Anyone can tell you that discipline is a messy business. Not even the best of parents could possibly get it right all the time. However, part of what complicates the process of teaching our kids to behave is that parents bring a lot of their own baggage to the table. Kids can be a big trigger of feelings from your childhood, feelings you aren’t even aware of anymore. When a child acts up, it can stir you up, making you feel intense and heated. It can cause you to feel insulted, disregarded or ashamed. The trouble is, once you’re riled up by your own emotions, you aren’t as equipped to calmly and rationally deal with your child’s.
As Dr. Daniel Siegel says in his new book No-Drama Discipline, co-authored by Dr. Tina Bryson, discipline is about teaching, not punishment. Too often, when parents feel provoked or triggered by their kids, the discipline becomes more about releasing their feelings than teaching the child. Parents will be much more effective when they get a handle on their own emotions and are able to be attuned to their kids. With that in mind, here are some rules to live by when it comes to disciplining your child:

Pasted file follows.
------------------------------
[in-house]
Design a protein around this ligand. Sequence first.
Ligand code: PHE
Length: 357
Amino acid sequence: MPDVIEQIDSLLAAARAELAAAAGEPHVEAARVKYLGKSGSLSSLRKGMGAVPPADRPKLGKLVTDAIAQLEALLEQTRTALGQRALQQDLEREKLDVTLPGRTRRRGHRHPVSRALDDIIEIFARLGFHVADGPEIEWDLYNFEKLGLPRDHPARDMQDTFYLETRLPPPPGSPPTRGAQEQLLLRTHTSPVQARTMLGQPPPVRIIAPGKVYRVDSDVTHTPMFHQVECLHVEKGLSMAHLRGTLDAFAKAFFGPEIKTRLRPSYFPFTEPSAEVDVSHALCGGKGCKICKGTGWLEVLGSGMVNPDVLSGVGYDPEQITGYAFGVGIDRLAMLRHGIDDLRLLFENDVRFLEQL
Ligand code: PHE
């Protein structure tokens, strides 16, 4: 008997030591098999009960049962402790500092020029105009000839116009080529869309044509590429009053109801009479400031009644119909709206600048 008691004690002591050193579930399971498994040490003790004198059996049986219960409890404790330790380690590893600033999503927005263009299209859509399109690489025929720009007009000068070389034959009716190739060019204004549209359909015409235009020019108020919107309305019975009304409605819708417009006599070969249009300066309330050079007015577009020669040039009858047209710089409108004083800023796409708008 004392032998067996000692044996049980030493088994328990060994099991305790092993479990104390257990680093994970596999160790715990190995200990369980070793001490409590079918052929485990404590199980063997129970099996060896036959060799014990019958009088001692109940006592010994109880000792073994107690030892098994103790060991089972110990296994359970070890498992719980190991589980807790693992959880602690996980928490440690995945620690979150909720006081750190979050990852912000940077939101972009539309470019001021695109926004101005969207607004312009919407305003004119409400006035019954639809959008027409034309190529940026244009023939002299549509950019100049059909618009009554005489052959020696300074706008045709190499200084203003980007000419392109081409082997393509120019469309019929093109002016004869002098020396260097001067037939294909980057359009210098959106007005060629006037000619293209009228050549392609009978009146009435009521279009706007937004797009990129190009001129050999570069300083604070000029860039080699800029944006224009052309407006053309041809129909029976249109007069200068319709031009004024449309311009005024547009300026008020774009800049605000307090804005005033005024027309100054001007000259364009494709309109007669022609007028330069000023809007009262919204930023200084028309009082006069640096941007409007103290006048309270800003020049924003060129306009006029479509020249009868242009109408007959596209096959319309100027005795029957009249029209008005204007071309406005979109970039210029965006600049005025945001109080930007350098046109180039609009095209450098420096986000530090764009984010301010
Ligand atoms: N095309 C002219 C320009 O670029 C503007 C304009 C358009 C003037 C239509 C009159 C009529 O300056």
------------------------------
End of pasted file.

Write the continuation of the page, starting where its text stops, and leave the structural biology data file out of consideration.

1. Always be calm first.
When you’re wound up yourself, your behavior may not only be mis-attuned but inconsistent. For example, your child may be bouncing on the couch cushions, and you exhaustedly ignore it. Then, the minute they accidentally knock over a lamp, you scream at them, “Look what you did! Stop acting like an animal and jumping all over the furniture!” The child may already be confused. Why were you seemingly okay with the jumping just minutes before? Then, instead of stopping them when you were calm and first noticed the behavior, you blow up the second things inevitably go wrong. A parent startling them and “flipping their lid” looks very scary to children. Moreover, when children are yelled at, they rarely remember the lesson their parent was trying to get across. What they do remember is the fear that overcame them when that parent lost his or her cool. The best thing parents can do before they approach their child is to calm down themselves. Take a few breaths, find a way to relax, then address the situation.